analog

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Related to anolog: analog watch, Analog signal

analogue

(sometimes US), analog
1. 
a. a physical object or quantity, such as a pointer on a dial or a voltage, used to measure or represent another quantity
b. (as modifier): analogue watch
2. Biology an analogous part or organ
3. Chem
a. an organic chemical compound related to another by substitution of hydrogen atoms with alkyl groups
b. an organic compound that is similar in structure to another organic compound

analog

[′an·əl‚äg]
(chemistry)
A compound whose structure is similar to that of another compound but whose composition differs by one element.
(food engineering)
A meat-substitute food manufactured from vegetable ingredients, such as soybeans.
(electronics)
A physical variable which remains similar to another variable insofar as the proportional relationships are the same over some specified range; for example, a temperature may be represented by a voltage which is its analog.
Pertaining to devices, data, circuits, or systems that operate with variables which are represented by continuously measured voltages or other quantities.
(meteorology)
A past large-scale synoptic weather pattern which resembles a given (usually current) situation in its essential characteristics.

analog

(spelling)
American spelling of analogue.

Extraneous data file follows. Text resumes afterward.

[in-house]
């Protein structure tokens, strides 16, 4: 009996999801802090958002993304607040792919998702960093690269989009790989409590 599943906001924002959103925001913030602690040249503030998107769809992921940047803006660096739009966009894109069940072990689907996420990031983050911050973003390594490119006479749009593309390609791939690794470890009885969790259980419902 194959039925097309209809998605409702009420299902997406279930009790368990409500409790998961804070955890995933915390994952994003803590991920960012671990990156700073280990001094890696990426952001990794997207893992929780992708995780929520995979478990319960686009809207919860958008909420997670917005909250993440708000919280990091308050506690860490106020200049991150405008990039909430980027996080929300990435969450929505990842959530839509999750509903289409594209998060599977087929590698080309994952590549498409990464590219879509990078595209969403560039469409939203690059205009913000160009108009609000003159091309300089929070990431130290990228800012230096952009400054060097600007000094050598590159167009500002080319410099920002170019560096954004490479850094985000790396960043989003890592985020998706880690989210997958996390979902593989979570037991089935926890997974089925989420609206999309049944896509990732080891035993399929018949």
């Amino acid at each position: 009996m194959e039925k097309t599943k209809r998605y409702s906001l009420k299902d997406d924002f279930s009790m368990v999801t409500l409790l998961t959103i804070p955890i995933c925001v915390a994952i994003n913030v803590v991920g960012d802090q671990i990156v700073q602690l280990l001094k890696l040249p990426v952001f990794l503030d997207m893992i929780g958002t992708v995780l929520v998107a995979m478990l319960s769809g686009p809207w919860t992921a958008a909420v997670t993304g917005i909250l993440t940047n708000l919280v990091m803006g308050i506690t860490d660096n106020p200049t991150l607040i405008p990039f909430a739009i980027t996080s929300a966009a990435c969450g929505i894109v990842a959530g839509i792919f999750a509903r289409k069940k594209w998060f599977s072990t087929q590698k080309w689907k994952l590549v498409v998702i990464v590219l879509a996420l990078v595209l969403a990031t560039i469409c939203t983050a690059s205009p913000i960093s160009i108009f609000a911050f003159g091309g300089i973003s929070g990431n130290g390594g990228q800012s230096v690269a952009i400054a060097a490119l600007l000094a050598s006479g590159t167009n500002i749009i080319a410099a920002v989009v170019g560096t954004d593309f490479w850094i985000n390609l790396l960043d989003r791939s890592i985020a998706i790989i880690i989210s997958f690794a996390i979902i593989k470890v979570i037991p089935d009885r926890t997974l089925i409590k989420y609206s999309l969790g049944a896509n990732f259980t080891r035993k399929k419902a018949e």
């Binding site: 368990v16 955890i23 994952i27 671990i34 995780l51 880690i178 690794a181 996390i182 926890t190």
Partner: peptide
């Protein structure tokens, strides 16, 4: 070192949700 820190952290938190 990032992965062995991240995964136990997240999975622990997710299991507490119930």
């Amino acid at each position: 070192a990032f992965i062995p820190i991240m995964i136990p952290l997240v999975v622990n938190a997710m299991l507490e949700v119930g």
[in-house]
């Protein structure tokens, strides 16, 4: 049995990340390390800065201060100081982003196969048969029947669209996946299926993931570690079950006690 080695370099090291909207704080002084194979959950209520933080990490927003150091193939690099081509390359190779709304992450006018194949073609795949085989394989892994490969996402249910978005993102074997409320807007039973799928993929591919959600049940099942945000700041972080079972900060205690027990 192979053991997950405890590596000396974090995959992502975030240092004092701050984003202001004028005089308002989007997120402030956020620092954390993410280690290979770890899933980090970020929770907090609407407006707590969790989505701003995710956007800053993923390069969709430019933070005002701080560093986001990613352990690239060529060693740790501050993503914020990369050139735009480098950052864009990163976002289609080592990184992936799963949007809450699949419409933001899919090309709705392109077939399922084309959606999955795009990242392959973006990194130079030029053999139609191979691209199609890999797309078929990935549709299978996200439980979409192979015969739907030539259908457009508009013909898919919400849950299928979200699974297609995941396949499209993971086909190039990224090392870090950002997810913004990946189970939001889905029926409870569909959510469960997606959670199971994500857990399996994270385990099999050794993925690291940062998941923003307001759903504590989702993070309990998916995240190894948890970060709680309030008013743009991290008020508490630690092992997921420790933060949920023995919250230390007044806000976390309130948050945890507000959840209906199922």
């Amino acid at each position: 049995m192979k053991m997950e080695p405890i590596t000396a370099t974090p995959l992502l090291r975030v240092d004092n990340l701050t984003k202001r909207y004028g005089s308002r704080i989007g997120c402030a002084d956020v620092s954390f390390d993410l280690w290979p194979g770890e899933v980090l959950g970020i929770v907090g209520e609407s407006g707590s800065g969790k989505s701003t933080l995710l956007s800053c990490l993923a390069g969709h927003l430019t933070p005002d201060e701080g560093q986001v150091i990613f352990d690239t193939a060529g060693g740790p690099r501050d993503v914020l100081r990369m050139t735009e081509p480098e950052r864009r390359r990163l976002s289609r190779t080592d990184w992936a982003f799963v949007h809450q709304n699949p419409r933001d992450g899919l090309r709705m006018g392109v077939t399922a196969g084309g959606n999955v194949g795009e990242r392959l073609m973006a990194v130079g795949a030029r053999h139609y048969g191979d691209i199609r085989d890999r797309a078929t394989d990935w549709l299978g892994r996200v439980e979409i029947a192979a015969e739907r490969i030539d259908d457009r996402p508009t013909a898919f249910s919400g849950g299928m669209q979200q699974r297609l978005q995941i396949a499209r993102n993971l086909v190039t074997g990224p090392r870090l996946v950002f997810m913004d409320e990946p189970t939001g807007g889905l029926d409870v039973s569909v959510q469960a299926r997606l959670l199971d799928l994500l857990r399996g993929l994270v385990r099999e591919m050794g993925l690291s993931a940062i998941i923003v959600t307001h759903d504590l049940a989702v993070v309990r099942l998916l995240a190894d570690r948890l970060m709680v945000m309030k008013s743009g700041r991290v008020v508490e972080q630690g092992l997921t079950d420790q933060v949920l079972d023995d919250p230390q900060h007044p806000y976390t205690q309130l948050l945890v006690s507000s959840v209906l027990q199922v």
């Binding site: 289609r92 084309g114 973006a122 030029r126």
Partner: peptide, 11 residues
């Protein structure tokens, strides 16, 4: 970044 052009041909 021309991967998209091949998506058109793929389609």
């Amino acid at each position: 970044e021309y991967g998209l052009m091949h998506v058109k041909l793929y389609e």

analog

A representation of an object that resembles the original. Analog devices monitor conditions, such as movement, temperature and sound, and convert them into analogous electronic or mechanical patterns. For example, an analog watch represents the planet's rotation with the rotating hands on the watch face. Telephones turn voice vibrations into electrical vibrations of the same shape. Analog implies a continuous signal in contrast with digital, which breaks everything into numbers. Analog video cameras scan their viewing area a line at a time and convert the infinitely varying intensities of red, green and blue (RGB) light into analogous electrical signals. See sampling.

Advantages/Disadvantages of Analog Recording
Audio and video have been analog since the beginning of radio and TV and the first magnetic recording. While the industry is almost entirely digital today, analog is still around in the form of AM/FM radio, audio cassettes and VHS tapes.

The ability to capture the subtle nature of the real world is the advantage of analog techniques. It takes huge digital capacities and bandwidth to match the granularity of many analog systems.

Analog Deteriorates When Copied
Once recorded, analog equipment, no matter how modern, cannot copy signals perfectly. Third and fourth generations of analog audio and video recordings show marked deterioration.

In contrast, by recording in digital from the beginning, or by converting from analog to digital at an early stage, audio and video data can be preserved indefinitely and copied over and over without deterioration. This fact has caused music and movie publishers much anguish and has always been a problem for software publishers. See copyright, DRM, peer-to-peer network and A/D converter.


Analog Concepts
There are many analog systems in the world such as analog telephones that turn sound waves into electrical waves.







Analog Radio
In AM/FM radio, the original sound waves are maintained as analogous electrical waves throughout the entire chain from recording microphone to the listener's speakers. The analog waves are transmitted over the air in the radio station's carrier frequency.